Despite the country’s robust credit information industry, most South Africans do not know what their credit profile actually looks like.
It’s an all-too-common scene: you apply for an account at a retail store, and are taken aback when your application is declined on the grounds of bad credit. As far as you know, you’re the poster child for sound financial management – so what went wrong? Most likely, “as far as you know” is not far enough.
Sadly, even though South Africa has an incredibly strong credit information industry, many citizens are in the dark when it comes to what their credit profile actually looks like.
Earlier this month, local news site News24 cited African Bank executive Alfred Ramosedi as saying that many South Africans were “surprisingly unaware of the importance of a good credit profile”. What’s more, he said, many didn’t even know what a credit profile was – and in instances where they did know, they rarely checked their own personal credit profile.
And yet, the importance of managing your credit status – a task that begins with knowing your credit status – cannot be downplayed in today’s volatile economic climate. As Ramosedi rightly points out, many potential employers nowadays look at job applicants’ credit reports as a means of judging character and level of responsibility.
South Africa’s leading property website, Property24, lists bad credit records as the number one reason banks reject home loan applications, while car finance giant Carfin says the first thing you need to do if you’ve been declined for finance is “Find out why” – i.e. check your credit report. Step number two, says Carfin, is to improve your credit score.
The Credit Bureau Association points out that every single credit-active person in South Africa has a credit profile that shows how they manage their debts and accounts.
Fortunately, if you are a South African who wants to do the smart thing and familiarise yourself with your credit profile, you don’t have to climb any mountains to do so. On the contrary, our country’s credit information industry makes the process next to effortless for you. So much so, that there is really no excuse for not knowing your credit status.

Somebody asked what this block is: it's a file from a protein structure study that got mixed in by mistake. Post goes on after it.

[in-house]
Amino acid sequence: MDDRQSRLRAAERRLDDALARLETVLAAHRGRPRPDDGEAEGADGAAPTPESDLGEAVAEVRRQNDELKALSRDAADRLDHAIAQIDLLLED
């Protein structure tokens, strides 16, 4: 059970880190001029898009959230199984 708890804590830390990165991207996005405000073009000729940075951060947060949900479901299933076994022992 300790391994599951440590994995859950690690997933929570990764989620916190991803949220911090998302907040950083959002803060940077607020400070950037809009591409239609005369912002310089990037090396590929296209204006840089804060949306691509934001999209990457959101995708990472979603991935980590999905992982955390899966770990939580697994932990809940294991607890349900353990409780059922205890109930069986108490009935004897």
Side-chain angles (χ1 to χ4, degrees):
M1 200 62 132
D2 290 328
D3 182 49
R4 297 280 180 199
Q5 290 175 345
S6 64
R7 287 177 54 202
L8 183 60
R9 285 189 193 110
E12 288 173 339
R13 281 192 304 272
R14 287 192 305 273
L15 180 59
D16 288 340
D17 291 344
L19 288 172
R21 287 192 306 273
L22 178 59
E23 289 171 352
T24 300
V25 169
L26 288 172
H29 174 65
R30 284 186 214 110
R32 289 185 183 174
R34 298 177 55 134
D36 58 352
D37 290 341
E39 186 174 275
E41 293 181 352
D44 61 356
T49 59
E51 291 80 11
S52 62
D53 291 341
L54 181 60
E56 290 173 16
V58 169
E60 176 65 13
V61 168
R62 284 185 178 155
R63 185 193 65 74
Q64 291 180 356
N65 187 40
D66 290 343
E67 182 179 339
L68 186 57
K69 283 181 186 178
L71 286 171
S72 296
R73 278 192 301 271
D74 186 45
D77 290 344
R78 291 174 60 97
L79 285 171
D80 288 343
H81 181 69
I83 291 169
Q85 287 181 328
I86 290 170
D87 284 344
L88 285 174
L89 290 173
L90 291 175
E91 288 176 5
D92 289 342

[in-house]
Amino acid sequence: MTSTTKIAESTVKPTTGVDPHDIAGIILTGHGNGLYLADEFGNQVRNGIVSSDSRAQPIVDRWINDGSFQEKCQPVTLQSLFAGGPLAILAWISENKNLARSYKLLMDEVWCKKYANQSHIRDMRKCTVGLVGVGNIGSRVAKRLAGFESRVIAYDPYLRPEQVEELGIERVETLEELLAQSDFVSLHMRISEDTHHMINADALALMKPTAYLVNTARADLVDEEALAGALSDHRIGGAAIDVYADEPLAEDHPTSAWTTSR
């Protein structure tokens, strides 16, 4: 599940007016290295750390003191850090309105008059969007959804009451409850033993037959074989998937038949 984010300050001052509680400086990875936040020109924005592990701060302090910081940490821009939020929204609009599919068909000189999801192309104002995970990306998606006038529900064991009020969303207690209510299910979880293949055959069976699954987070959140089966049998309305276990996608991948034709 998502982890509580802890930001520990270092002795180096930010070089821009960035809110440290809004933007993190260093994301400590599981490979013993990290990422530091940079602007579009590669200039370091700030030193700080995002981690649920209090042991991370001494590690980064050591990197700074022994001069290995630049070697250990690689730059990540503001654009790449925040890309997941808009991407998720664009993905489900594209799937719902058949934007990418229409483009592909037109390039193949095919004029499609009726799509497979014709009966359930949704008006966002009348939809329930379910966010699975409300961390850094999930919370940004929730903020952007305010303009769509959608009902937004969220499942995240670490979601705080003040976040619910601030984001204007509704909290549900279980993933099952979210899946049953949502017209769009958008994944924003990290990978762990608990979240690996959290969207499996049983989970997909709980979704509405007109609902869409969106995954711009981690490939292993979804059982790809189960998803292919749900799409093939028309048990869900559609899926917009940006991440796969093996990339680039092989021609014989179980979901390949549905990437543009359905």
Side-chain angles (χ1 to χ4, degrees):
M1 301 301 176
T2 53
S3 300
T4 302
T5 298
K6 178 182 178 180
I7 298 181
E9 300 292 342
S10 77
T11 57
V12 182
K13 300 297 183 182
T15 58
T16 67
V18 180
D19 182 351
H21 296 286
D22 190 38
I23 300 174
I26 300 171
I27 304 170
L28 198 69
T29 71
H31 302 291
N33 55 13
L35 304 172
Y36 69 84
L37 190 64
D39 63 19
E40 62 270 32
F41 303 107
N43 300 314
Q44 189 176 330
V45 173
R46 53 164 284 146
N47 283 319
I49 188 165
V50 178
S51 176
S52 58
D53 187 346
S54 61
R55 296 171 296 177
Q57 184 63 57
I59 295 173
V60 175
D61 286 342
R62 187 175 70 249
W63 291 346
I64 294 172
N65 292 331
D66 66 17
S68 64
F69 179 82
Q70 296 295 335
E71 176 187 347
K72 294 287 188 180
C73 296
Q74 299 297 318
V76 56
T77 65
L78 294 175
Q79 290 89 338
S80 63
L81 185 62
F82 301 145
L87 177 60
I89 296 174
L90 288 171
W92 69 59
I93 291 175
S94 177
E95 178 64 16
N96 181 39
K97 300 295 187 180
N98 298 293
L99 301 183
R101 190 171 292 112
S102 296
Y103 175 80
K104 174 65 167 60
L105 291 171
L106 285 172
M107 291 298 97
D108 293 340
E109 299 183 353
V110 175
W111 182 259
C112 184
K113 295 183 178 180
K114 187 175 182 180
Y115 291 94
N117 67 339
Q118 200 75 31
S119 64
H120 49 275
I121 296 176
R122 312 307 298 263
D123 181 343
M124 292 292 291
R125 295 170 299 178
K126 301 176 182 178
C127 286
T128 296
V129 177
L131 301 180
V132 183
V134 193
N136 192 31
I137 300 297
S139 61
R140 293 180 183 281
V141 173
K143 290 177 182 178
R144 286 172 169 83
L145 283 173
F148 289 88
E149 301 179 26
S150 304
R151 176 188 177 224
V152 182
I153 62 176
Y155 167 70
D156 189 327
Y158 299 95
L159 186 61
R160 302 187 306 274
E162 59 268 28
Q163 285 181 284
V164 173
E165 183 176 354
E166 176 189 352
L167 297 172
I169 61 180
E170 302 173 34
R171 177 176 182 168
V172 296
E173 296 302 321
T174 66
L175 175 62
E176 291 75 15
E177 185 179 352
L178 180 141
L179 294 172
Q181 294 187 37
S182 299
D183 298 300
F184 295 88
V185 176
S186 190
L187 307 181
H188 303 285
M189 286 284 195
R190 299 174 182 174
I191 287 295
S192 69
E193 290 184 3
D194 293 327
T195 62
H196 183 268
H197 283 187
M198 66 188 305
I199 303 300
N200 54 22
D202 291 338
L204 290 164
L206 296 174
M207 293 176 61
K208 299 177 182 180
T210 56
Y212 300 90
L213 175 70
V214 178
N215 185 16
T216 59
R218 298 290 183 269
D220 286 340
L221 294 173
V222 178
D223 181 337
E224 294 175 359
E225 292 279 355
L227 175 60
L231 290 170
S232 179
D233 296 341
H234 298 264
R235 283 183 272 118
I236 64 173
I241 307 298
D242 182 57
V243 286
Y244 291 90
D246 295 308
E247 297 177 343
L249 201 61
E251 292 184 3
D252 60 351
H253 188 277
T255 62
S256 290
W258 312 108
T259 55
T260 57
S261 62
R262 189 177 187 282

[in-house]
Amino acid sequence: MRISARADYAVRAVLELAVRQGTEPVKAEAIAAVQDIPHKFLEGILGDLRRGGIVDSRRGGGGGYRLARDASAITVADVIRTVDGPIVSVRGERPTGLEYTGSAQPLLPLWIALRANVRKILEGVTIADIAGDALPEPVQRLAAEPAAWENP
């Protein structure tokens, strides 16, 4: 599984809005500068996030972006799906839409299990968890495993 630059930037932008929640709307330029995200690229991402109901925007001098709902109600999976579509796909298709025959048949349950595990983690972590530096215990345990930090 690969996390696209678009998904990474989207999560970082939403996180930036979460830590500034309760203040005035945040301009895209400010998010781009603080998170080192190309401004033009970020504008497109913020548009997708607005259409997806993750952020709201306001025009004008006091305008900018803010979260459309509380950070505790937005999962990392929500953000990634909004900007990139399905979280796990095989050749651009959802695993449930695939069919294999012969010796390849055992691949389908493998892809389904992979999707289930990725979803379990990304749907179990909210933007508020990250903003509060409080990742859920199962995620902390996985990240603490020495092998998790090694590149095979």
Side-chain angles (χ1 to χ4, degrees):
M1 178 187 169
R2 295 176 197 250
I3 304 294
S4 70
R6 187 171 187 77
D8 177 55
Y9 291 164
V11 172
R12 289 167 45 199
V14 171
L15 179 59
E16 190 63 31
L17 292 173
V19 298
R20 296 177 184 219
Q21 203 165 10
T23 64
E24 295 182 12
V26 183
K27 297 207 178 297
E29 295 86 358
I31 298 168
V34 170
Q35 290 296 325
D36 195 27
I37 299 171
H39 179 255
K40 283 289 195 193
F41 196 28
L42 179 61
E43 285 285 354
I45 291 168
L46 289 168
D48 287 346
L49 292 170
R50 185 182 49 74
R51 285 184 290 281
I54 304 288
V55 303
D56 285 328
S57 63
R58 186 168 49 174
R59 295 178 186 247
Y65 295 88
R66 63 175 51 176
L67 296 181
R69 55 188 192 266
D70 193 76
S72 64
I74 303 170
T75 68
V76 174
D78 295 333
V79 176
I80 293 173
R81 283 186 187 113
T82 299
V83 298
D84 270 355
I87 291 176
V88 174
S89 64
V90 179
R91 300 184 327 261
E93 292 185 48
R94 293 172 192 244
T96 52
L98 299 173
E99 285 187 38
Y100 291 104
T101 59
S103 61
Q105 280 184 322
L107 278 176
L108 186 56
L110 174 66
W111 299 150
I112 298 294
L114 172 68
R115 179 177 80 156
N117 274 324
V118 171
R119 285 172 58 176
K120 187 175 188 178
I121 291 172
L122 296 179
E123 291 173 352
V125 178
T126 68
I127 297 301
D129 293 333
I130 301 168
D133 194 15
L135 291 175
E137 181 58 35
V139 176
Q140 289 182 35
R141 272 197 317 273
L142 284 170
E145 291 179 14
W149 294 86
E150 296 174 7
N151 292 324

On a scale of 0 to 8, South Africa ranks 7 on the World Bank’s Depth of Credit Information Index – a measure of the availability of credit information, where 8 is the highest level attainable by any country.
Additionally, according to the National Credit Act, every consumer has the right to one free credit report once in a 12-month period from the country’s main credit bureaus, namely TransUnion (formerly ITC), Experian, XDS and Compuscan.
A credit report is basically a comprehensive statement outlining your financial history and standing. It comprises information on your spending and borrowing patterns, how well you meet your financial obligations, general spending and payment trends and contact details. It also lists any judgment you may have against you, as well as any money owed to creditors.
SA’s number one data bureau, pbVerify, offers you this and more. Covering all bases – from consumer to corporation – pbVerify offers instant online access to easy-to-use web services, including one of the most advanced consumer trace and credit check searches, as well as reports on companies, closed corporations, consumers and properties in South Africa.*
This year, do yourself a great favour – get to know your credit status and start building a good credit profile today. Not only will you never again have to fret about being turned down when applying for credit, but you will also be able to take advantage of the better repayment terms that come with having a strong credit report.
* pbVerify sources its credit information from the country’s major credit bureaus, listed above, as well as from Windeed – a company of LexisNexis.
Company and director information is sourced from the Companies and Intellectual Property Commission (CIPC), South African Revenue Services (SARS) and ID verification data from the Department of Home Affairs and two major credit bureaus.
Property (Deed Search) data is sourced from the SA Deeds Office and brought to you via an advanced search function. Fraud indicators originate from the South African Police Services (SAPS), credit bureaus and the Department of Justice.
News24 – Ways to take control of credit
The Credit Bureau Association – http://www.cba.co.za/
The World Bank – Depth of Credit Information Index
Property24 – Why banks reject your home loan